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Defense did nothing with warnings about civilian deaths in the Afghan city of Chora | NOW

Dutch soldiers in Uruzgan were warned by allies both before and during the bombing of the city and region of Chora in 2007 about the high risk of civilian casualties. Defense, however, ignored those warnings De Volkskrant Saturday based on state secret documents. Ultimately, some 50 to 80 Afghan civilians were killed in the bombing.

What was the Netherlands doing in Uruzgan again?

  • The Netherlands was on a NATO mission in the Afghan province of Uruzgan from 2006 to 2010.
  • The military had to ensure the stability and security of the country after the Taliban movement had held power for years (with much violence).
  • During the mission, the Taliban had passed its peak of power, but by no means disappeared from the country. There was still regular fighting against the Taliban.

Defense has always said it was a fight against “eight hundred to a thousand” Taliban fighters, accidentally hitting civilian casualties. The secret documents, those de Volkskrant could see thanks to an appeal to the Government Information (Public Access) Act (Wob), however, it shows that the Netherlands consciously took a risk.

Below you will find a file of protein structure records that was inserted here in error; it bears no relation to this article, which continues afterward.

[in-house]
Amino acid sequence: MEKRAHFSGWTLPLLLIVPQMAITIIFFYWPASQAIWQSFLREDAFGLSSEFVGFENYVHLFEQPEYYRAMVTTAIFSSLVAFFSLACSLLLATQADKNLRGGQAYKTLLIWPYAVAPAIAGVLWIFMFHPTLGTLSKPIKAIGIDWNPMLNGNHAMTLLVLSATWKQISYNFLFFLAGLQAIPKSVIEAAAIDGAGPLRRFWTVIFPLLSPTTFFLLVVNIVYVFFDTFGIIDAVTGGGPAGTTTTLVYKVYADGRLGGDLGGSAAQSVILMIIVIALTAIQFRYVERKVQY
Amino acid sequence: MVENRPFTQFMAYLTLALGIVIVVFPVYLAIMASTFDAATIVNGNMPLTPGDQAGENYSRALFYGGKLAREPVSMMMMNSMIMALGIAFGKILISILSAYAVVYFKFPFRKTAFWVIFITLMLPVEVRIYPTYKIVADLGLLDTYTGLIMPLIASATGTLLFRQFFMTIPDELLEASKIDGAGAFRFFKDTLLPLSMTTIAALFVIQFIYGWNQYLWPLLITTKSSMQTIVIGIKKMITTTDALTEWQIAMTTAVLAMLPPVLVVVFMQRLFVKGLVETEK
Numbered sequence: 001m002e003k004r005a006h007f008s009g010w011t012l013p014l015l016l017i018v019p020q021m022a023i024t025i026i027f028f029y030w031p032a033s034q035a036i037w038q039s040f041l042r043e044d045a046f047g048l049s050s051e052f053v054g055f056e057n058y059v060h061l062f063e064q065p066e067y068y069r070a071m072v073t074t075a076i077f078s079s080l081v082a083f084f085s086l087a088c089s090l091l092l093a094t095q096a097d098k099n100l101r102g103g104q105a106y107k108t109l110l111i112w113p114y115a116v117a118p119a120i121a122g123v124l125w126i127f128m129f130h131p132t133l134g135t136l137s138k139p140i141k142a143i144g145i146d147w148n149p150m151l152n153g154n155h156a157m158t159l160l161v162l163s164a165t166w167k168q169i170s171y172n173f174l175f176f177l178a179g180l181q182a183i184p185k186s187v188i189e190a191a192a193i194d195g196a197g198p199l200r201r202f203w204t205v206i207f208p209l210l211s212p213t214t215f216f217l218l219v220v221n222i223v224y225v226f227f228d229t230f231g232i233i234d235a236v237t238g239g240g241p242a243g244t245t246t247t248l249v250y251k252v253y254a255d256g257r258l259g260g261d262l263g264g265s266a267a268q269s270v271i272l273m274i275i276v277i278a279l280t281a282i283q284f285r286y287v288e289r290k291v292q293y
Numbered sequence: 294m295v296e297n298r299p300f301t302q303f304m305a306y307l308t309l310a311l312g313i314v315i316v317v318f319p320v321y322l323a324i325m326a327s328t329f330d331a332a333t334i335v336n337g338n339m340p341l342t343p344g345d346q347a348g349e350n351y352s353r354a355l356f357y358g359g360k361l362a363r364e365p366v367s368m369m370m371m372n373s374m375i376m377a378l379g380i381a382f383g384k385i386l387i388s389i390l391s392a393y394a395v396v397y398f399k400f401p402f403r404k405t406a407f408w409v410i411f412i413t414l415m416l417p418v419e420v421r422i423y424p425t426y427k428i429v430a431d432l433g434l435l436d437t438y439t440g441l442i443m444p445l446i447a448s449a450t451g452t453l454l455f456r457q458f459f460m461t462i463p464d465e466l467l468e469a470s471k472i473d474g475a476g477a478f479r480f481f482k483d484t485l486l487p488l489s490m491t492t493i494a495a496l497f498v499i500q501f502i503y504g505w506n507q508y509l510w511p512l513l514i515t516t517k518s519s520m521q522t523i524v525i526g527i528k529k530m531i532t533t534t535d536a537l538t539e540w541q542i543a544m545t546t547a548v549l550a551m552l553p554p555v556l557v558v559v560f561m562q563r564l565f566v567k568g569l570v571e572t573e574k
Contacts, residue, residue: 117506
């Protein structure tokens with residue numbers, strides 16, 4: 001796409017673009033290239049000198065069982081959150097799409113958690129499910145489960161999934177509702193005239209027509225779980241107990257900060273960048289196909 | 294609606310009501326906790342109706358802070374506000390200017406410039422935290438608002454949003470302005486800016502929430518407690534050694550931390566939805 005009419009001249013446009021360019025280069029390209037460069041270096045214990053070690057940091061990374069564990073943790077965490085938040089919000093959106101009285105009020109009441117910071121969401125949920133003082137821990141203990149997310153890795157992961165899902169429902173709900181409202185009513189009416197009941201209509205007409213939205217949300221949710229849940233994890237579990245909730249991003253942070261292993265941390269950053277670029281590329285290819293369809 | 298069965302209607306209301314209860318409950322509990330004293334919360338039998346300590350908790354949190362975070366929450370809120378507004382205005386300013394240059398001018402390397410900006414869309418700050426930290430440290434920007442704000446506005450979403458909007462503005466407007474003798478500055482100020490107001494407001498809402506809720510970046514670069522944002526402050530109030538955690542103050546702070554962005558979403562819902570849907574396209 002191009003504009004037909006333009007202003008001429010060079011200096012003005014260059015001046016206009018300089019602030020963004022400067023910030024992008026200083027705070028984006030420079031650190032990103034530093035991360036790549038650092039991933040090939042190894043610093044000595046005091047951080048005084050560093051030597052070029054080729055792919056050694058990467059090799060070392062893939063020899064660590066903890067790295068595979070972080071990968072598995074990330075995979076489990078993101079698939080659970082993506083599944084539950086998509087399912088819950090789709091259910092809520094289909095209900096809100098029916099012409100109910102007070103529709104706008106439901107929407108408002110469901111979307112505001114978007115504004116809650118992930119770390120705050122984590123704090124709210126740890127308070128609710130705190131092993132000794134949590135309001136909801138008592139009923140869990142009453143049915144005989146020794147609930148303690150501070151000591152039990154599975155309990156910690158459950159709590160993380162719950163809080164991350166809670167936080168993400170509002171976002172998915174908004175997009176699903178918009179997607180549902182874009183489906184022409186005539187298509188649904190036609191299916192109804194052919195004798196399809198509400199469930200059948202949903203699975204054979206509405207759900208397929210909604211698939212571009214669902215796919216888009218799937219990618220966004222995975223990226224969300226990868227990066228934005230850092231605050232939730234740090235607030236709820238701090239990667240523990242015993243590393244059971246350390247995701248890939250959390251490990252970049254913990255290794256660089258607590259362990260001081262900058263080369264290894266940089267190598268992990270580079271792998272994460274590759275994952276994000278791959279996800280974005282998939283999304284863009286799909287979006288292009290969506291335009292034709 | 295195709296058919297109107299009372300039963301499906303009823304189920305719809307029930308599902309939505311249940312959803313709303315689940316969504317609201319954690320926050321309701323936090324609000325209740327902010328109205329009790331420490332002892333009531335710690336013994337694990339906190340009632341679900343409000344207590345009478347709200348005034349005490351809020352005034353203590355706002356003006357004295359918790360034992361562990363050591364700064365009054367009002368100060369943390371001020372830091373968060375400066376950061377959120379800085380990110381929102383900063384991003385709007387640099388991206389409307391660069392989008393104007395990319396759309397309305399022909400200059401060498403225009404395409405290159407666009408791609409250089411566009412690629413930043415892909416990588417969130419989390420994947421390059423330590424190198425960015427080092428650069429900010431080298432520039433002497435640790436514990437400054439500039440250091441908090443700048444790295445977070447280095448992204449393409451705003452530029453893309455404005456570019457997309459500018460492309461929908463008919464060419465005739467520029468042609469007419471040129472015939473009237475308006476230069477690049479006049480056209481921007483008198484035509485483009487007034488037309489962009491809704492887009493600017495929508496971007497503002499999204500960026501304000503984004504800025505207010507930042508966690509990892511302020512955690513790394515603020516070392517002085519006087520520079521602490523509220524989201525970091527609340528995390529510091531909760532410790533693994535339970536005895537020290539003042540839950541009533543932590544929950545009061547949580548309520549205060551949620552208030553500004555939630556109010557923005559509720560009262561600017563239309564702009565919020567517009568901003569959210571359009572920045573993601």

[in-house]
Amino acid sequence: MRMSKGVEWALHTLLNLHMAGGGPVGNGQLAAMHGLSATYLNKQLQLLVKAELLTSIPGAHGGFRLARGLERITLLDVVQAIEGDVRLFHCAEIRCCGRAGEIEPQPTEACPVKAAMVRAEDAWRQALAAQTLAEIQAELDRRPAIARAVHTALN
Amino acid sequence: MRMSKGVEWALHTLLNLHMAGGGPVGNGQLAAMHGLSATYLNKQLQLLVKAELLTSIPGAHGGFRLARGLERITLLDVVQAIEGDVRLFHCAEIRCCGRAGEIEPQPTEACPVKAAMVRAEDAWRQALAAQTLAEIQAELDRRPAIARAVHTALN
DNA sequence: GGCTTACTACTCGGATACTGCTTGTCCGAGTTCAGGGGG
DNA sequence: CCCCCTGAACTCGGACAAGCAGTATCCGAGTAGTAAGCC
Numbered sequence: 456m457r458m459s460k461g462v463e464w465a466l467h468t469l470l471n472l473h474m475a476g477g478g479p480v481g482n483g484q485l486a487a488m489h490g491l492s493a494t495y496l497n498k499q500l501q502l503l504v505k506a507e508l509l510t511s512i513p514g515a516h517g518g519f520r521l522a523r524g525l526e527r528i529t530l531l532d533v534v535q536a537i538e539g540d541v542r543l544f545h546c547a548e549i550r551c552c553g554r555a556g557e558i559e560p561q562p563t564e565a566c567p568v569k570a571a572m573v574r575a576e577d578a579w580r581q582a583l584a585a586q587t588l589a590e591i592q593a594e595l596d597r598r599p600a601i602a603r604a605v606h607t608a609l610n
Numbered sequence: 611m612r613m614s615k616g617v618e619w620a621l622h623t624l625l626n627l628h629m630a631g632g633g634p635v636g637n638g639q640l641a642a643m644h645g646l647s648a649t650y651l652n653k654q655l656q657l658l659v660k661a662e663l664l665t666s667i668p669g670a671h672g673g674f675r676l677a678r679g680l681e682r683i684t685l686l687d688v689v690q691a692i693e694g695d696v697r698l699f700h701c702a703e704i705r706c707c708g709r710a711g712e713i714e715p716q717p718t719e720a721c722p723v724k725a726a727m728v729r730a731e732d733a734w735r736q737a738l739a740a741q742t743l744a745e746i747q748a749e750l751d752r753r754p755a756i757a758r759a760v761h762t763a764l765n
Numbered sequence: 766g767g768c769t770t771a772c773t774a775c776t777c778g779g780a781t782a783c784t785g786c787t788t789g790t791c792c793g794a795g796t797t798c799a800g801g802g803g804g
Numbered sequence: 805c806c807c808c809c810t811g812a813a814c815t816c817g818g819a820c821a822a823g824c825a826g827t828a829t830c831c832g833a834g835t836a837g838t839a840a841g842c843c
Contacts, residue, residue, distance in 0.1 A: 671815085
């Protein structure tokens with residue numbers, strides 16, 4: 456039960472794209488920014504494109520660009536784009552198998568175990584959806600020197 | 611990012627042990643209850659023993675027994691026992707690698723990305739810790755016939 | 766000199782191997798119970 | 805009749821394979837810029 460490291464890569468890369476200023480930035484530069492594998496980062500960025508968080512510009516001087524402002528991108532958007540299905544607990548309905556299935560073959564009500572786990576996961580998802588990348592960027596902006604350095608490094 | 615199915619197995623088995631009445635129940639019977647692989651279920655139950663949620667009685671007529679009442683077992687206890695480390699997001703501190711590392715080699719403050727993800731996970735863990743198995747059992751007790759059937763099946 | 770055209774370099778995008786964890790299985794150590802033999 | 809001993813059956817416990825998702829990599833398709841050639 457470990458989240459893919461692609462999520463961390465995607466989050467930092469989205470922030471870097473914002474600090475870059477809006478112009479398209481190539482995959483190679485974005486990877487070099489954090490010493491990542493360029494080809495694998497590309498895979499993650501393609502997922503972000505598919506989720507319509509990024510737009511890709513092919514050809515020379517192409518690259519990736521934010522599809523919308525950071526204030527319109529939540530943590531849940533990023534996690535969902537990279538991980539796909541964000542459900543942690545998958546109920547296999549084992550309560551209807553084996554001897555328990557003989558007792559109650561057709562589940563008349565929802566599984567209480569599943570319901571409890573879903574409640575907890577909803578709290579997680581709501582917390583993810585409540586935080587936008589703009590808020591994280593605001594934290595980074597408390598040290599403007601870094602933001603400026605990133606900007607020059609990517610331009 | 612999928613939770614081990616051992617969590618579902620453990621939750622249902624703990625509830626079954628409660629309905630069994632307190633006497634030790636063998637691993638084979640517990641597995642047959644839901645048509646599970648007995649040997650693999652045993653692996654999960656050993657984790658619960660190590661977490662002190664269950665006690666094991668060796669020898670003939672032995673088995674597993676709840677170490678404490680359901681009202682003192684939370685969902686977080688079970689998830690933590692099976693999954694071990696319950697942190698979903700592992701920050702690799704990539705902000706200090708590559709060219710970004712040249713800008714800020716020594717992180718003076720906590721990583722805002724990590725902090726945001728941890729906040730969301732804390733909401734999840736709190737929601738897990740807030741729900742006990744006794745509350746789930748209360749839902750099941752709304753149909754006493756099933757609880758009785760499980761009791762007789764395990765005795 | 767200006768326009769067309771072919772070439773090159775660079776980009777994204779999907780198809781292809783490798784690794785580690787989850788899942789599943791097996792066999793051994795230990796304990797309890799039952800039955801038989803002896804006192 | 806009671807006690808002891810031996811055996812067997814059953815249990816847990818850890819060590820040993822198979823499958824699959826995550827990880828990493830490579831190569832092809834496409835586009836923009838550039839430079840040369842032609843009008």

The military ignored warnings from NATO headquarters in the city of Kandahar three times, according to the log of the time. The Dutch could not clearly see whether the bombs they threw really would end up on Taliban fighters or on civilians.

Under war law, the Dutch are only allowed to fire (or in this case: drop bombs) if they themselves are first threatened. NATO therefore doubted that. Earlier, the Dutch legal adviser had also warned about possible civilian casualties.

‘Warned as many citizens as possible’

In a response, the Ministry of Defense said it tried to warn as many civilians as possible about the bombing at the time. However, the military considered it important to protect the city of Chora “with all possible means”, because “there was a threat of slaughter for the local police and population”.

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In addition, Chora was of strategic importance because of the important roads in the region, and would “have put the credibility of Dutch soldiers at risk” if Chora were to regain control of the Taliban.

On Monday, a case by four Afghan relatives against the Dutch state is pending. They are seeking damages because, according to their lawyer Liesbeth Zegveld, excessive violence has been used, and it was not clear why their homes were bombed, according to the newspaper..

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